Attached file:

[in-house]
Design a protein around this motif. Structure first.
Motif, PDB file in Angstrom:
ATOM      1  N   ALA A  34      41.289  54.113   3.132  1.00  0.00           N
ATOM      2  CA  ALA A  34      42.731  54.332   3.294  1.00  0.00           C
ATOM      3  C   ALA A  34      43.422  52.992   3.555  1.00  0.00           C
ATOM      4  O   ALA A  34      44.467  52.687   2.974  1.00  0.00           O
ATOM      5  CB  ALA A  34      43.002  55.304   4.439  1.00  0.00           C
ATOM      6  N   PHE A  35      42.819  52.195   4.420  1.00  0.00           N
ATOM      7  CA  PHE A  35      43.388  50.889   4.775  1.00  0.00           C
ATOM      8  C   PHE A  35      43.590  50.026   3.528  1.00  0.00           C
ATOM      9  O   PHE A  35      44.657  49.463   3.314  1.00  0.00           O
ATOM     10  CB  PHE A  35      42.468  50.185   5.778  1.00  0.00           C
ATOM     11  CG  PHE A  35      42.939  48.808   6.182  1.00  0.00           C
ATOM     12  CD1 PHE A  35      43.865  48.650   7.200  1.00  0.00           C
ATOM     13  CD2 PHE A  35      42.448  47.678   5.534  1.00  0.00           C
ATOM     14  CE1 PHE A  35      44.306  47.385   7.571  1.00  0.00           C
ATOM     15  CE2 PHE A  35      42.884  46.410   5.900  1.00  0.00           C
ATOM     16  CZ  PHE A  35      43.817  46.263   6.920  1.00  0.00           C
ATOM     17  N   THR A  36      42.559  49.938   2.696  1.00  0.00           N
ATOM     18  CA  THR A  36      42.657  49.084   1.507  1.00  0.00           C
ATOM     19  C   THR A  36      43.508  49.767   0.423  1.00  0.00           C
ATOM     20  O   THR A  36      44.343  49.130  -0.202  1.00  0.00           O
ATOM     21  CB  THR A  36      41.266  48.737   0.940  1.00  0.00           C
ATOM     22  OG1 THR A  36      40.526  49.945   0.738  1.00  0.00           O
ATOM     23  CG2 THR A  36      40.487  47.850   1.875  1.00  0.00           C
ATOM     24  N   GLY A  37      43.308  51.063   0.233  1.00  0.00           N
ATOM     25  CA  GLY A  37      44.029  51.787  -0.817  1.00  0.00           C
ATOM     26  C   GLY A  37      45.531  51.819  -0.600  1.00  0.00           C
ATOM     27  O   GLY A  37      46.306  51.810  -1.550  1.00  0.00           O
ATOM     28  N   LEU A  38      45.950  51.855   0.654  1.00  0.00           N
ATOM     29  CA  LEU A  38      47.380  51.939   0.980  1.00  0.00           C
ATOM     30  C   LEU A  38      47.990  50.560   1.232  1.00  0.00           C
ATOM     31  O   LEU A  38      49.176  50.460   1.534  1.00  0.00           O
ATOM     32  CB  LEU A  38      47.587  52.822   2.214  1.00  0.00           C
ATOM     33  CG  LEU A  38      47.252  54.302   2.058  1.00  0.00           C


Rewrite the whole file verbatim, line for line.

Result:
[in-house]
Design a protein around this motif. Structure first.
Motif, PDB file in Angstrom:
ATOM      1  N   ALA A  34      41.289  54.113   3.132  1.00  0.00           N
ATOM      2  CA  ALA A  34      42.731  54.332   3.294  1.00  0.00           C
ATOM      3  C   ALA A  34      43.422  52.992   3.555  1.00  0.00           C
ATOM      4  O   ALA A  34      44.467  52.687   2.974  1.00  0.00           O
ATOM      5  CB  ALA A  34      43.002  55.304   4.439  1.00  0.00           C
ATOM      6  N   PHE A  35      42.819  52.195   4.420  1.00  0.00           N
ATOM      7  CA  PHE A  35      43.388  50.889   4.775  1.00  0.00           C
ATOM      8  C   PHE A  35      43.590  50.026   3.528  1.00  0.00           C
ATOM      9  O   PHE A  35      44.657  49.463   3.314  1.00  0.00           O
ATOM     10  CB  PHE A  35      42.468  50.185   5.778  1.00  0.00           C
ATOM     11  CG  PHE A  35      42.939  48.808   6.182  1.00  0.00           C
ATOM     12  CD1 PHE A  35      43.865  48.650   7.200  1.00  0.00           C
ATOM     13  CD2 PHE A  35      42.448  47.678   5.534  1.00  0.00           C
ATOM     14  CE1 PHE A  35      44.306  47.385   7.571  1.00  0.00           C
ATOM     15  CE2 PHE A  35      42.884  46.410   5.900  1.00  0.00           C
ATOM     16  CZ  PHE A  35      43.817  46.263   6.920  1.00  0.00           C
ATOM     17  N   THR A  36      42.559  49.938   2.696  1.00  0.00           N
ATOM     18  CA  THR A  36      42.657  49.084   1.507  1.00  0.00           C
ATOM     19  C   THR A  36      43.508  49.767   0.423  1.00  0.00           C
ATOM     20  O   THR A  36      44.343  49.130  -0.202  1.00  0.00           O
ATOM     21  CB  THR A  36      41.266  48.737   0.940  1.00  0.00           C
ATOM     22  OG1 THR A  36      40.526  49.945   0.738  1.00  0.00           O
ATOM     23  CG2 THR A  36      40.487  47.850   1.875  1.00  0.00           C
ATOM     24  N   GLY A  37      43.308  51.063   0.233  1.00  0.00           N
ATOM     25  CA  GLY A  37      44.029  51.787  -0.817  1.00  0.00           C
ATOM     26  C   GLY A  37      45.531  51.819  -0.600  1.00  0.00           C
ATOM     27  O   GLY A  37      46.306  51.810  -1.550  1.00  0.00           O
ATOM     28  N   LEU A  38      45.950  51.855   0.654  1.00  0.00           N
ATOM     29  CA  LEU A  38      47.380  51.939   0.980  1.00  0.00           C
ATOM     30  C   LEU A  38      47.990  50.560   1.232  1.00  0.00           C
ATOM     31  O   LEU A  38      49.176  50.460   1.534  1.00  0.00           O
ATOM     32  CB  LEU A  38      47.587  52.822   2.214  1.00  0.00           C
ATOM     33  CG  LEU A  38      47.252  54.302   2.058  1.00  0.00           C